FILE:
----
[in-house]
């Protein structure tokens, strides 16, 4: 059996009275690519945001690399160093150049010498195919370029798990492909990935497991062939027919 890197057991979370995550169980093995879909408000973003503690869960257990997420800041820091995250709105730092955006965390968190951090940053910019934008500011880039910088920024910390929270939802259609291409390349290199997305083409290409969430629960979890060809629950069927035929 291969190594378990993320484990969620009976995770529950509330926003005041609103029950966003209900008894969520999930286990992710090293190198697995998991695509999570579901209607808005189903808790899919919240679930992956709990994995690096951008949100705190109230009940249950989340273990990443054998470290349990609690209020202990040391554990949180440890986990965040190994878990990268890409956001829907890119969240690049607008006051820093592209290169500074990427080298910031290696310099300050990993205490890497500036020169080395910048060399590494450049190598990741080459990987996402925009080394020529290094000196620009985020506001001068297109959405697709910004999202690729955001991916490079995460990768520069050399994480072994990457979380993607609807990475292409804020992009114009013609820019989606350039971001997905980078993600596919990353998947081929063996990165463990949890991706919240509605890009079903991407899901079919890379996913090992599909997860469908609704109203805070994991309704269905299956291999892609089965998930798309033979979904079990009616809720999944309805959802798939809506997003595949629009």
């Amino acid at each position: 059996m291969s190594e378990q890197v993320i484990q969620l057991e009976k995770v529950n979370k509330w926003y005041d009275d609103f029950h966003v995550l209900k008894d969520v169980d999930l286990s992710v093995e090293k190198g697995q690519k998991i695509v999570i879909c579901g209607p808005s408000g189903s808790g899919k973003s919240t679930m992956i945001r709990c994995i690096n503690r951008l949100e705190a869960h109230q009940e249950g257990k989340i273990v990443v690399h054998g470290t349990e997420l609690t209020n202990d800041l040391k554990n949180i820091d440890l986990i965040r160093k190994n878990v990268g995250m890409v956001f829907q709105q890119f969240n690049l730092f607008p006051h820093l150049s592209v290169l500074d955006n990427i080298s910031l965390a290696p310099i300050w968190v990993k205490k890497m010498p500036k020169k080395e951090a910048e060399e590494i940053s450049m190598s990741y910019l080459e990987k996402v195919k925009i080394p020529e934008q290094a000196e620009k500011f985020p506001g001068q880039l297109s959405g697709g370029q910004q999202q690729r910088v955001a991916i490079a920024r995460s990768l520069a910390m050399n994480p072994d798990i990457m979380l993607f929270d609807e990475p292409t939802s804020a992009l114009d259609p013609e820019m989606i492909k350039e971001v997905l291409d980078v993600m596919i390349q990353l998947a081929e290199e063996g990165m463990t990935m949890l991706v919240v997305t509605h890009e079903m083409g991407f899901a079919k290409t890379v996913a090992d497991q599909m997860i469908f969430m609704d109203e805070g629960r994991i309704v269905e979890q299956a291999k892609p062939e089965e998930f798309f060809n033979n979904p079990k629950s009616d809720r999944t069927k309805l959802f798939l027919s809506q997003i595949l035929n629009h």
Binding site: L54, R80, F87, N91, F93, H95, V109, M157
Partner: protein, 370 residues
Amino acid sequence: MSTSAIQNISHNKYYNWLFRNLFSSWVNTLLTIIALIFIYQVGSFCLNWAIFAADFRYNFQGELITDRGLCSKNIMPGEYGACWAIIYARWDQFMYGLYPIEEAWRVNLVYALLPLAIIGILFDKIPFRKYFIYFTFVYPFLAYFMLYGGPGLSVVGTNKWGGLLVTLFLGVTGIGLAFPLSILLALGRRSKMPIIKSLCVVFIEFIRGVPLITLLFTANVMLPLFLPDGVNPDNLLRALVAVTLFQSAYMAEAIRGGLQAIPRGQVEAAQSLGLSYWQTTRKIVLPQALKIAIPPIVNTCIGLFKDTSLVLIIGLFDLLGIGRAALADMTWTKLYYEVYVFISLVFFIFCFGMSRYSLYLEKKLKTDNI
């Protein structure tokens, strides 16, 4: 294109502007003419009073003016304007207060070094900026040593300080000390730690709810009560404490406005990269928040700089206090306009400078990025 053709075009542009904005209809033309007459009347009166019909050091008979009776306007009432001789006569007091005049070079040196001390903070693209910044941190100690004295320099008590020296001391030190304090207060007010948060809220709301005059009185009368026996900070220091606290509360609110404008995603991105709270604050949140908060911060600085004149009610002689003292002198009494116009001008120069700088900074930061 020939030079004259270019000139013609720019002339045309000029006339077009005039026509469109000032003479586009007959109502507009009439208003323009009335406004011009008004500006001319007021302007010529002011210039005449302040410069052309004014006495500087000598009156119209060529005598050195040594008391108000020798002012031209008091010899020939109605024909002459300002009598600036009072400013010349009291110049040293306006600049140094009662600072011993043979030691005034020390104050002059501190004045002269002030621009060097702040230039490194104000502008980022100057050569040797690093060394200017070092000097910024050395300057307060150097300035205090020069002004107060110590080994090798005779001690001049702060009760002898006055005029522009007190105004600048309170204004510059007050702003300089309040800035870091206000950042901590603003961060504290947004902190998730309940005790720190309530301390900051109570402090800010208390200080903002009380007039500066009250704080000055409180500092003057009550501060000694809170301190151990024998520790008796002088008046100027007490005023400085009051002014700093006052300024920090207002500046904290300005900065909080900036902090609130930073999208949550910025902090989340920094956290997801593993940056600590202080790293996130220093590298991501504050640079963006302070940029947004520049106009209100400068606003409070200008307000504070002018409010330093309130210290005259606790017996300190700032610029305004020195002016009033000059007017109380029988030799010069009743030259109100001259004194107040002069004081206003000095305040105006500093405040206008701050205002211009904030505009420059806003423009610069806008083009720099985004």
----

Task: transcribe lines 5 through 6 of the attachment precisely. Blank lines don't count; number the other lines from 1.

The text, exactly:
Partner: protein, 370 residues
Amino acid sequence: MSTSAIQNISHNKYYNWLFRNLFSSWVNTLLTIIALIFIYQVGSFCLNWAIFAADFRYNFQGELITDRGLCSKNIMPGEYGACWAIIYARWDQFMYGLYPIEEAWRVNLVYALLPLAIIGILFDKIPFRKYFIYFTFVYPFLAYFMLYGGPGLSVVGTNKWGGLLVTLFLGVTGIGLAFPLSILLALGRRSKMPIIKSLCVVFIEFIRGVPLITLLFTANVMLPLFLPDGVNPDNLLRALVAVTLFQSAYMAEAIRGGLQAIPRGQVEAAQSLGLSYWQTTRKIVLPQALKIAIPPIVNTCIGLFKDTSLVLIIGLFDLLGIGRAALADMTWTKLYYEVYVFISLVFFIFCFGMSRYSLYLEKKLKTDNI